A survey of nominee-program immigrants shows promising results -- 75 per cent have never experienced involuntary unemployment, 85 per cent were employed and seven per cent were in school. While the average annual household income of $49,066 for participants is lower than the provincial average of $60,242, they are making enough money to live reasonably well and pay provincial and municipal taxes.
Of course, mass immigration often creates challenges. Aside from the need for immigrants to find jobs, they also often require language training and educational upgrading to meet certification levels for their professions.
However, the success of the program shows that participants mostly were able to overcome these difficulties. Some of this likely can be attributed to the fact that immigrants of similar backgrounds tend to cluster.
The primary examples of these two patterns are the concentration of Filipino immigrants in Winnipeg and the large number of Mennonites from Germany, Mexico, and South America who integrated into existing Mennonite communities. This can be important, since it allows for them to develop or take advantage of informal support networks. Living in a community with speakers of the same language makes it easier for immigrants to integrate into the community, and can help with finding employment.
Immigration is often a source of innovation. Recent studies have shown that immigrant entrepreneurs in America have created more jobs for existing Americans than for other immigrants. More people moving to Detroit would also mean more customers for its service industry. And by paying property taxes, they would help to keep the city government afloat. Perhaps the most important benefit would be that more people would make the city safer -- criminals hate witnesses.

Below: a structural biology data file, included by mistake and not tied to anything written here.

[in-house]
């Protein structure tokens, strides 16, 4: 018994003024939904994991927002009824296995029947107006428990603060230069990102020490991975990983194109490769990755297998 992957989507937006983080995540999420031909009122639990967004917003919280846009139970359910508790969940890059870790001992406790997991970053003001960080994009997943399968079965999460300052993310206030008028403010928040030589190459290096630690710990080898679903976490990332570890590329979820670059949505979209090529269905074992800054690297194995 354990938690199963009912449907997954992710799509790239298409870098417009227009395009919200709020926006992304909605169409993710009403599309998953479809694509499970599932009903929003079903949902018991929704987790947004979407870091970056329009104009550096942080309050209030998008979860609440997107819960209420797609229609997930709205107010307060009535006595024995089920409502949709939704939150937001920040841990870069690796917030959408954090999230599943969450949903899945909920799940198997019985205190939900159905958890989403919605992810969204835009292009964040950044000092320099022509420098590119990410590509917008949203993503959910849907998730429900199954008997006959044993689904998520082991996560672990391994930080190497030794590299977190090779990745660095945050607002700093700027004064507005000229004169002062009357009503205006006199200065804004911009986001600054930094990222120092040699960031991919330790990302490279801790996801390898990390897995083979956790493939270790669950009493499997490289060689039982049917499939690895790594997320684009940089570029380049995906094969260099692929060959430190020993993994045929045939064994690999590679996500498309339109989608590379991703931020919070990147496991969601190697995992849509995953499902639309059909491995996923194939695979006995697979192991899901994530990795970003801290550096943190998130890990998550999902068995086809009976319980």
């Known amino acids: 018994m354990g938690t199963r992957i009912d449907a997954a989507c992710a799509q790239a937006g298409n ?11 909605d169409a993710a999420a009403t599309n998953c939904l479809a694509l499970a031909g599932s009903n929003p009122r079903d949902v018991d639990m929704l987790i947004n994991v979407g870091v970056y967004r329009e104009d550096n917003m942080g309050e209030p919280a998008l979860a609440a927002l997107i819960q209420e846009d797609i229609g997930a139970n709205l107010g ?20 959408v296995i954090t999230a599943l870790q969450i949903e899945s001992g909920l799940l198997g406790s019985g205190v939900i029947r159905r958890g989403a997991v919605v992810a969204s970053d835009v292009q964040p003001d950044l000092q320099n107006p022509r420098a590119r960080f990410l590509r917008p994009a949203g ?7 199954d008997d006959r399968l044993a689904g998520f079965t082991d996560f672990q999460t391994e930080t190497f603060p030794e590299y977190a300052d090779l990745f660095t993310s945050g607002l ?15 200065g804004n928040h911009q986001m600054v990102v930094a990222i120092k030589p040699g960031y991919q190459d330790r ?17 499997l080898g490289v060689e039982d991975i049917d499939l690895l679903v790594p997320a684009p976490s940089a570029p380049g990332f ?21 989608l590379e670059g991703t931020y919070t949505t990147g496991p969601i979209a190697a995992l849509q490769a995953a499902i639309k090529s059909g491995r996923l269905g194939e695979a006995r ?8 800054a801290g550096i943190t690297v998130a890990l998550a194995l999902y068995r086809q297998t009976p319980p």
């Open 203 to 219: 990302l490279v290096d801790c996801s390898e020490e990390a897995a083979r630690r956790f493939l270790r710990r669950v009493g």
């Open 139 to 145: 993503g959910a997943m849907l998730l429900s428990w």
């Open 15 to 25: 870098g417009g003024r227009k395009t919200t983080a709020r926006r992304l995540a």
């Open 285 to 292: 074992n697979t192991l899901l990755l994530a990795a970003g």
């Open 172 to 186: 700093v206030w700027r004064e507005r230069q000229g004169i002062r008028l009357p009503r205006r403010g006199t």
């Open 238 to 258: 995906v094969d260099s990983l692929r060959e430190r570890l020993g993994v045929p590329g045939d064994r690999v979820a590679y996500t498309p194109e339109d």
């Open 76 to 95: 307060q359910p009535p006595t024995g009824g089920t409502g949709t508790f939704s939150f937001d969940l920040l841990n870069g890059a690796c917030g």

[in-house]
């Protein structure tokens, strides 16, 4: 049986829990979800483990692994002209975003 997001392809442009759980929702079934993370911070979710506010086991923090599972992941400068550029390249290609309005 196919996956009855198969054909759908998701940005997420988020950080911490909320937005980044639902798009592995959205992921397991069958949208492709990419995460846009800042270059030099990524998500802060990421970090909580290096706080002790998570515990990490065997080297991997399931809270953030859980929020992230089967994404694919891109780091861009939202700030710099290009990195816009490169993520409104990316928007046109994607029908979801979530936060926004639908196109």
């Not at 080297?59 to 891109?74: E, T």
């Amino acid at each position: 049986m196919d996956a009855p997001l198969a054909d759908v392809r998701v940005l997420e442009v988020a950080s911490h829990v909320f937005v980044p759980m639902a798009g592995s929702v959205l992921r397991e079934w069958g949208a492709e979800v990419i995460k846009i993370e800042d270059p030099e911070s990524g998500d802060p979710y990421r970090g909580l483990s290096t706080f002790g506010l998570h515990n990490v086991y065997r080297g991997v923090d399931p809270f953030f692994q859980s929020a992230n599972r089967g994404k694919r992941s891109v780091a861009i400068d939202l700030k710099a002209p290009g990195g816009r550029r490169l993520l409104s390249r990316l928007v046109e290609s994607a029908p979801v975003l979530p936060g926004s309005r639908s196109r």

Recently, Detroit experienced an influx of Latino and Muslim immigration. Despite the stigma attached to these groups by many Americans, anecdotal evidence suggests that they have been a boon. According to the Immigration Policy Center, Arab-American employment now contributes $7.7 billion to the Detroit metro economy and provides $544 million in tax revenue to the state. They now support over 140,000 jobs in the city.
Latino immigrants are credited with helping revitalize Southwest Detroit, which saw $200 million of investments between 1993 and 2008, and the area's population grew by nearly seven per cent between 1990 and 2000 even as most of the city declined. Detroit is home to nearly 50,000 Latinos, up from fewer than 20,000 in 1990.
For those who claim immigrants take American jobs, the evidence suggests the opposite.
Despite the fact that immigrants have lower average wages than non-immigrants, they manage to have a disproportionate economic impact in many cities, Detroit being a good a example. According to the Fiscal Policy Institute, immigrants contribute 1.3 times as much to the Detroit economy per capita as non-immigrants. This means they disproportionately create jobs and contribute to the tax base.
Simply allowing anyone and everyone to immigrate to Detroit or anywhere else in America is a political non-starter. Also, the dire budgetary situation facing Detroit and the state of Michigan means that neither can afford to allow new immigrants to become economic liabilities. After all, the justification for this program is to replace the tax base and reduce crime, not to create a new underclass. Though there would certainly be some hiccups, evidence in Manitoba could help to revitalize both Detroit and Michigan. Failure to undertake a revitalization strategy will make a shrinking strategy inevitable. Given the two choices, revitalization seems vastly preferable.
Published in the Winnepeg Free Press | Read Article